- Kahn, Charles & Huberman, Gur, 1988. "Two-sided Uncertainty and "Up-or-Out" Contracts," Journal of Labor Economics, University of Chicago Press, vol. 6(4), pages 423-44, October.
- Jovanovic, Boyan, 1979.
"Job Matching and the Theory of Turnover,"
Journal of Political Economy,
University of Chicago Press, vol. 87(5), pages 972-90, October.
- Paul Oyer, 2006. "Initial Labor Market Conditions and Long-Term Outcomes for Economists," Journal of Economic Perspectives, American Economic Association, vol. 20(3), pages 143-160, Summer.
- Valerie Smeets & Frédèric warzynski & Tom Coupé, 2006. "Does the Academic Labor Market Initially Allocate New Graduates Efficiently?," Journal of Economic Perspectives, American Economic Association, vol. 20(3), pages 161-172, Summer.
- Paul Oyer, 2006. "The Making of an Investment Banker: Macroeconomic Shocks, Career Choice, and Lifetime Income," NBER Working Papers 12059, National Bureau of Economic Research, Inc.
- Henry S. Farber & Robert Gibbons, 1996. "Learning and Wage Dynamics," The Quarterly Journal of Economics, Oxford University Press, vol. 111(4), pages 1007-1047.
- MacDonald, Glenn M, 1982. "A Market Equilibrium Theory of Job Assignment and Sequential Accumulation of Information," American Economic Review, American Economic Association, vol. 72(5), pages 1038-55, December.
- Miller, Robert A, 1984. "Job Matching and Occupational Choice," Journal of Political Economy, University of Chicago Press, vol. 92(6), pages 1086-120, December.
- Farber, Henry S., 1999. "Mobility and stability: The dynamics of job change in labor markets," Handbook of Labor Economics, in: O. Ashenfelter & D. Card (ed.), Handbook of Labor Economics, edition 1, volume 3, chapter 37, pages 2439-2483 Elsevier.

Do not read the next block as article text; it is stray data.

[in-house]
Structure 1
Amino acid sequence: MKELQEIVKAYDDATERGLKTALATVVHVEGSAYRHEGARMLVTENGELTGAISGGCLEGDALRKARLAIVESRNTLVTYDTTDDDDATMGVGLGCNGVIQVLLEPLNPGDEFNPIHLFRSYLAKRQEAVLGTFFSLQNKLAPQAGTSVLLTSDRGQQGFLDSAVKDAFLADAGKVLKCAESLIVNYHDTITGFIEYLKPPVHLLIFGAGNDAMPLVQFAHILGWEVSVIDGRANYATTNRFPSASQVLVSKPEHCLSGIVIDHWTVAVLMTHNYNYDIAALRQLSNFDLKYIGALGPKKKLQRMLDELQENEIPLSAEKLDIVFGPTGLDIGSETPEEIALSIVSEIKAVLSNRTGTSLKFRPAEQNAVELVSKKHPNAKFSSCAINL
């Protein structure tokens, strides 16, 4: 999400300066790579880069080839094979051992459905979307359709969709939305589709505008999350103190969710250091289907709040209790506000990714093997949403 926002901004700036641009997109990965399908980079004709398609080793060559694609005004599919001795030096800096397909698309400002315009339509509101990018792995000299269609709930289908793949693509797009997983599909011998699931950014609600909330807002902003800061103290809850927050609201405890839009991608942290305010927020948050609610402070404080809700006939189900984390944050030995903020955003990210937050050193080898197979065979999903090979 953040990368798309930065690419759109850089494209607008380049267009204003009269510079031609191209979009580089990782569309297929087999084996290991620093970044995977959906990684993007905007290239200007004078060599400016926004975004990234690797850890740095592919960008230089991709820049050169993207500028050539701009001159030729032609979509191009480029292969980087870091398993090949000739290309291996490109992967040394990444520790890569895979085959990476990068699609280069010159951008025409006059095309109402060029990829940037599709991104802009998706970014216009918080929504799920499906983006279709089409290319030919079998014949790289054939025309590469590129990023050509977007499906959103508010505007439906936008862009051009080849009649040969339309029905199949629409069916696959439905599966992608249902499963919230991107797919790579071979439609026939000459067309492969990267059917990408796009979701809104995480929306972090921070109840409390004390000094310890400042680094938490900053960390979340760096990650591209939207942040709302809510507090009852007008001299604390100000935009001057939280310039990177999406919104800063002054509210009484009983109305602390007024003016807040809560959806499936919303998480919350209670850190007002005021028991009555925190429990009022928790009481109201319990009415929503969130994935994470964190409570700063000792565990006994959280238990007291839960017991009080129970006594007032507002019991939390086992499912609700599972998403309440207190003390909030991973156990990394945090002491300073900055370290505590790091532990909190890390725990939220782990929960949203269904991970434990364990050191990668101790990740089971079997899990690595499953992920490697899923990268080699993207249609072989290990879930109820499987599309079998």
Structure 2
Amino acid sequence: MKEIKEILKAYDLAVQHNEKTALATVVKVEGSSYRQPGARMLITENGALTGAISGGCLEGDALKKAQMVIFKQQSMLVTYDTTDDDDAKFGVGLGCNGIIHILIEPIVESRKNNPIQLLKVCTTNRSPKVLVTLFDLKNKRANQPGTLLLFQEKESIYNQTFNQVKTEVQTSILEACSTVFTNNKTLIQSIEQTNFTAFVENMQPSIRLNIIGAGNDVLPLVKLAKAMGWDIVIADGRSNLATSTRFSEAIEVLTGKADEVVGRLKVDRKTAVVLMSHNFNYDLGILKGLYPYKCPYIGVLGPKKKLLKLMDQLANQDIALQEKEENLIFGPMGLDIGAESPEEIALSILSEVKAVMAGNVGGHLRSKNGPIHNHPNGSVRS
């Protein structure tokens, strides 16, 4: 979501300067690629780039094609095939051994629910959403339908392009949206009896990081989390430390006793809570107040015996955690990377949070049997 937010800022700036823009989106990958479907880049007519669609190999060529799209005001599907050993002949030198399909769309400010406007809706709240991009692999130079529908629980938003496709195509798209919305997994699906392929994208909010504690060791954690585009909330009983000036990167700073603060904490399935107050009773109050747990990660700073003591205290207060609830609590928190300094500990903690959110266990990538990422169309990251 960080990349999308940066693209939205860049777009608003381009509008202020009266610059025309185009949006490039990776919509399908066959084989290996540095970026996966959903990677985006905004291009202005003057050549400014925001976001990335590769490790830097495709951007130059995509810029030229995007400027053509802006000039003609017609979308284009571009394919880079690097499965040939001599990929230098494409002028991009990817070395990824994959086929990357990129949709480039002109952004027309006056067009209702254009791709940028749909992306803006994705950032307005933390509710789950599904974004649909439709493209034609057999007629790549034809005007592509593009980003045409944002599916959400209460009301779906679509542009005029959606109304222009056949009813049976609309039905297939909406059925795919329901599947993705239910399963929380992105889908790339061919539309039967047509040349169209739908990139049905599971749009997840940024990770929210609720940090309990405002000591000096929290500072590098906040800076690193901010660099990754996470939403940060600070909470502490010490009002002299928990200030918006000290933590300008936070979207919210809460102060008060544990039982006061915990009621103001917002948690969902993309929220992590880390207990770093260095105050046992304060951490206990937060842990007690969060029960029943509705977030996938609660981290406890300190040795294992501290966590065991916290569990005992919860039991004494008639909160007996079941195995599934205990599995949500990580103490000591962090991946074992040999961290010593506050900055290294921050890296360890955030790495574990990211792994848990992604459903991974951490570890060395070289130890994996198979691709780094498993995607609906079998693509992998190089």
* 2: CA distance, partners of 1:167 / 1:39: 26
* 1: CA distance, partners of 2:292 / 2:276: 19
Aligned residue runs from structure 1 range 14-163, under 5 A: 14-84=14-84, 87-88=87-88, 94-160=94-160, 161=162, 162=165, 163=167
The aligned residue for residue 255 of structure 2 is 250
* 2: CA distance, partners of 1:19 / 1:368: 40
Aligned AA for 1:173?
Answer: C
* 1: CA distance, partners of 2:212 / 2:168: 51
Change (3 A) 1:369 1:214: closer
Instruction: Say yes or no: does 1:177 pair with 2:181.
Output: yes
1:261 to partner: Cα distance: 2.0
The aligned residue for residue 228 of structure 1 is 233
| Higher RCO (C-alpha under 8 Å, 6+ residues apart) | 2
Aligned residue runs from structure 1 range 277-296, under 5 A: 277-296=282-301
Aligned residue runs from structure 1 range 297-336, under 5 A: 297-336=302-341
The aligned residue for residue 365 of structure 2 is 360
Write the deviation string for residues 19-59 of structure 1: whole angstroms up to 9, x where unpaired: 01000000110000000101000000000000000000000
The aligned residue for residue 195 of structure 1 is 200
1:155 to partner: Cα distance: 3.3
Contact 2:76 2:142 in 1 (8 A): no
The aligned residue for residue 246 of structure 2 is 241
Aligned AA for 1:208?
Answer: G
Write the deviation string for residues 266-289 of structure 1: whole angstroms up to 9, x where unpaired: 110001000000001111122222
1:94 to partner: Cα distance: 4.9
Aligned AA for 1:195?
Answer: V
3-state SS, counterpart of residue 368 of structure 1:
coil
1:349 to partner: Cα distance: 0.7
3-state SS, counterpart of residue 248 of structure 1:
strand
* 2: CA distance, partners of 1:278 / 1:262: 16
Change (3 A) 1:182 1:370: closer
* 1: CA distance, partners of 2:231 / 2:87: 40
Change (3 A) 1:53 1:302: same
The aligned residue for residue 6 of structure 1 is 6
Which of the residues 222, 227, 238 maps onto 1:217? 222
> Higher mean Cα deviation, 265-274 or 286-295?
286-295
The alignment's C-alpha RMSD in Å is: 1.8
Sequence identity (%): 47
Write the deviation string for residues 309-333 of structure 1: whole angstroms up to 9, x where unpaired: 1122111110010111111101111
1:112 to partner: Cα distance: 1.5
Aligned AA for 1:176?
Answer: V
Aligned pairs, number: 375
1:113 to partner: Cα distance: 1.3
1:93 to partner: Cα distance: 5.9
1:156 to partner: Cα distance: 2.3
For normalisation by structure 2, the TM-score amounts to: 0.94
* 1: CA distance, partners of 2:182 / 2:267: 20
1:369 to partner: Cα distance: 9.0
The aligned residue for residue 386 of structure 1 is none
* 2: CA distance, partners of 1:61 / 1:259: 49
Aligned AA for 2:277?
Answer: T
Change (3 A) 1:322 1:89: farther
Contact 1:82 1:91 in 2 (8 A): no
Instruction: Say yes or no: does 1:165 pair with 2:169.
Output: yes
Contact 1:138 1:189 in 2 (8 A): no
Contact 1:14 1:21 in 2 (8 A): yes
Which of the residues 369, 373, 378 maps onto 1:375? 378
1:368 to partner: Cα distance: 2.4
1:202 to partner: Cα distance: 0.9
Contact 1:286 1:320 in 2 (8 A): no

- Carmichael, H Lorne, 1988. "Incentives in Academics: Why Is There Tenure?," Journal of Political Economy, University of Chicago Press, vol. 96(3), pages 453-72, June.
When requesting a correction, please mention this item's handle: RePEc:nbr:nberch:12177. See general information about how to correct material in RePEc.
For technical questions regarding this item, or to correct its authors, title, abstract, bibliographic or download information, contact: ()
If you have authored this item and are not yet registered with RePEc, we encourage you to do it here. This allows to link your profile to this item. It also allows you to accept potential citations to this item that we are uncertain about.
If references are entirely missing, you can add them using this form.
If the full references list an item that is present in RePEc, but the system did not link to it, you can help with this form.
If you know of missing items citing this one, you can help us creating those links by adding the relevant references in the same way as above, for each refering item. If you are a registered author of this item, you may also want to check the "citations" tab in your profile, as there may be some citations waiting for confirmation.
Please note that corrections may take a couple of weeks to filter through the various RePEc services.